Its kind of like Star Wars: Episode I, perhaps the weakest chain in the link but necessary in order to understand whats going to happen in the next two installments.
After a lonely summer with the despicable Dursleys, Harry (Daniel Radcliffe) is denounced as a liar by the Ministry of Magic and returns in disgrace to Hogwarts School of Witchcraft and Wizardry, where the authority of Headmaster Albus Dumbledore (Michael Gambon) has been undermined by the unwelcome arrival of dreadful Dolores Umbridge (Imelda Staunton).
Now 15 with no family except godfather, Sirius Black (Gary Oldman), and friends Ron Weasley (Rupert Grint) and Hermione Granger (Emma Watson) Harrys even more determined to fight the evil forces of Lord Voldemort (Ralph Fiennes), training those few who still trust him in the magic theyll need to defend themselves as Dumbledores Army.
Utilizing J.K. Rowlings dark yet highly detailed novel, screenwriter Michael Goldenberg and director David Yates concentrate on Harrys full-blown, angst-ridden coming-of-age confusion, reducing colorful characters like Bellatrix Lestrange (Helena Bonham Carter), Severus Snape (Alan Rickman), Minerva McGonagall (Maggie Smith), Remus Lupin (David Thewlis), even Hagrid (Robbie Coltrane) to cameos. Theres not even a Quiddich match!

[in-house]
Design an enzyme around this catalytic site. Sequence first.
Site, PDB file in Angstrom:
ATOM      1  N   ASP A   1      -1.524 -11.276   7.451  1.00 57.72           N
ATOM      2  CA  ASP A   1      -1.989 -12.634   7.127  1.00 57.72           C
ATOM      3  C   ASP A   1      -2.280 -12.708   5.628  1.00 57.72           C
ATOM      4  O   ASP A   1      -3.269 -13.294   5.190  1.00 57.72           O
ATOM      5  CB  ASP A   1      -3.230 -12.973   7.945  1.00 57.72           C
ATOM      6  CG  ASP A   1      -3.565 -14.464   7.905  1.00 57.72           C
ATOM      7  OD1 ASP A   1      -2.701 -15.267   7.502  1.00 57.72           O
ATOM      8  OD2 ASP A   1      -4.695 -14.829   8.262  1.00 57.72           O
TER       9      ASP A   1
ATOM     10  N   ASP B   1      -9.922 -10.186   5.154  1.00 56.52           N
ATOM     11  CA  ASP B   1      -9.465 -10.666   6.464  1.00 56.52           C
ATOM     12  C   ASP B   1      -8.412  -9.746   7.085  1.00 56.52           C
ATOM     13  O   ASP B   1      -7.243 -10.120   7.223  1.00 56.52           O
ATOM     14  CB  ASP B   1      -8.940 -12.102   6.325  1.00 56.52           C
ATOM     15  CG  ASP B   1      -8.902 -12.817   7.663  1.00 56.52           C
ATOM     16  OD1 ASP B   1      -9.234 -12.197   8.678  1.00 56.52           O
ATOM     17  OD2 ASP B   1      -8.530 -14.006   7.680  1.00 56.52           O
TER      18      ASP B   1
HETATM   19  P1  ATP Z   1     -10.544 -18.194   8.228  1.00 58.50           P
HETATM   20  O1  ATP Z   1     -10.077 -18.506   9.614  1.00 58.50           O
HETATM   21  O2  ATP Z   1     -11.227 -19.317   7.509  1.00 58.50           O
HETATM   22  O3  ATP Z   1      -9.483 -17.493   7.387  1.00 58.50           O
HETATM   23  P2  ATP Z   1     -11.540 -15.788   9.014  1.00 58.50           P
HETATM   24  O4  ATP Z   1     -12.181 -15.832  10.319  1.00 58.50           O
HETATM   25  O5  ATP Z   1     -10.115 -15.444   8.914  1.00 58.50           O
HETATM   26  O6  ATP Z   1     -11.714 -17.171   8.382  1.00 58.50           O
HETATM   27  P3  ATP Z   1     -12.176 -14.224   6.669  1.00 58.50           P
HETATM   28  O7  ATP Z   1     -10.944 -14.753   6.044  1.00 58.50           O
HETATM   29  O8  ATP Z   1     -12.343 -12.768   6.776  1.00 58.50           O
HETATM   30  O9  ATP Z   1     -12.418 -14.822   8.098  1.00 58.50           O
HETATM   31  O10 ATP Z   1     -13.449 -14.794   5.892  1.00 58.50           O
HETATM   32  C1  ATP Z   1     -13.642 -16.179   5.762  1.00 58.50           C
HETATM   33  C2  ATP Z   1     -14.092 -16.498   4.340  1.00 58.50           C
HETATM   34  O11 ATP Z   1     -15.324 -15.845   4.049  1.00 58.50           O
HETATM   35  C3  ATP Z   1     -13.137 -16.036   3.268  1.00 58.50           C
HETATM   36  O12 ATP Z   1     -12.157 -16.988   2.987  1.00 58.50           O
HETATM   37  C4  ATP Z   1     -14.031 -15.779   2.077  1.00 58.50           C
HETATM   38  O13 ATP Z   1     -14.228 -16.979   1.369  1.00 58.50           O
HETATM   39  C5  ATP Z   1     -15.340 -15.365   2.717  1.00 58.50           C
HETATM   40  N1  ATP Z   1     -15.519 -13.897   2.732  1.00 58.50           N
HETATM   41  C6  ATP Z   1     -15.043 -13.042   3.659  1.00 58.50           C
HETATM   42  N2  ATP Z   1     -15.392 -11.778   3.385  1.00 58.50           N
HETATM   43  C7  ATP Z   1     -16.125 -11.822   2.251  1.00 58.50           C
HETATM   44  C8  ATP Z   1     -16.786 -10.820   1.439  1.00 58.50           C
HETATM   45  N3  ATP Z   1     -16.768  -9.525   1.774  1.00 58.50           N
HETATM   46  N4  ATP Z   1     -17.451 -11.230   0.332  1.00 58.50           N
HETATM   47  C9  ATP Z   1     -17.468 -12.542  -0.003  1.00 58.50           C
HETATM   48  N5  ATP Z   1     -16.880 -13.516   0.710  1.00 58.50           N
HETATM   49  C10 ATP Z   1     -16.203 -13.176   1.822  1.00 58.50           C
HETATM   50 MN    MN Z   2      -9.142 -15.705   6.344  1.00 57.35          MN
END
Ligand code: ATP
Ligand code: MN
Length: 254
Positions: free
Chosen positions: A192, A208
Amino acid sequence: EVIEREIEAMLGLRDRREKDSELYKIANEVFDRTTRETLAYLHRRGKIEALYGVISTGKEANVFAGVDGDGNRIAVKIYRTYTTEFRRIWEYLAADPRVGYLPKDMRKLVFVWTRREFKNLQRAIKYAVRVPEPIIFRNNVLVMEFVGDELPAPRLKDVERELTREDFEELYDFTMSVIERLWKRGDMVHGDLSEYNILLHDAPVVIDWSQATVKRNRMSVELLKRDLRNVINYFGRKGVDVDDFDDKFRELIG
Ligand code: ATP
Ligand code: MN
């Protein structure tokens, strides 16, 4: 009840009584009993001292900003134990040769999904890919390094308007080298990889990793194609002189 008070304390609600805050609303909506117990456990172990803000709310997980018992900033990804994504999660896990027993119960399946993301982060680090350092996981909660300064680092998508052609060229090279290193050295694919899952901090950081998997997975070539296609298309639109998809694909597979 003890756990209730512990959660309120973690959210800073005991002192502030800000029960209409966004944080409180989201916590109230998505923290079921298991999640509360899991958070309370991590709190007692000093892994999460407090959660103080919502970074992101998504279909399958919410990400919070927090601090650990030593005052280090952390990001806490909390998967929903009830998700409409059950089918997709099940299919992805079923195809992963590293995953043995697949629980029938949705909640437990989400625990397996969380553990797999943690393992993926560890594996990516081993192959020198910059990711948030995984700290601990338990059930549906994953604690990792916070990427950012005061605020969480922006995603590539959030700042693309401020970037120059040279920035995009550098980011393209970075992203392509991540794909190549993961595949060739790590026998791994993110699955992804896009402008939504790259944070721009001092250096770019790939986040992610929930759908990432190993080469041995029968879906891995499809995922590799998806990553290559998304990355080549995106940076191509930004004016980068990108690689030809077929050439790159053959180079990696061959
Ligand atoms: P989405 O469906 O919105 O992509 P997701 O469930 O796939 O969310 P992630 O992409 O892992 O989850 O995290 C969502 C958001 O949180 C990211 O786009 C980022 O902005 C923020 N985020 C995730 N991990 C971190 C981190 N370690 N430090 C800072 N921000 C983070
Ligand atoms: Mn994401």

Whats still fascinating is watching the wide-eyed innocents of Sorcerers Stone grow up. Except for Michael Apteds British series, Seven Up, documenting the lives of 14 British children every seven years, this has never been done before.
Yet with mumbled dialogue, fewer fantastical creatures, a perplexing prophecy and less impressive visual effects, on the Granger Movie Gauge of 1 to 10, Harry Potter and the Order of the Phoenix is a transitional, sinister 7. At two hours, 18 minutes, its one of the shortest Harry Potter movies yet it feels like the longest.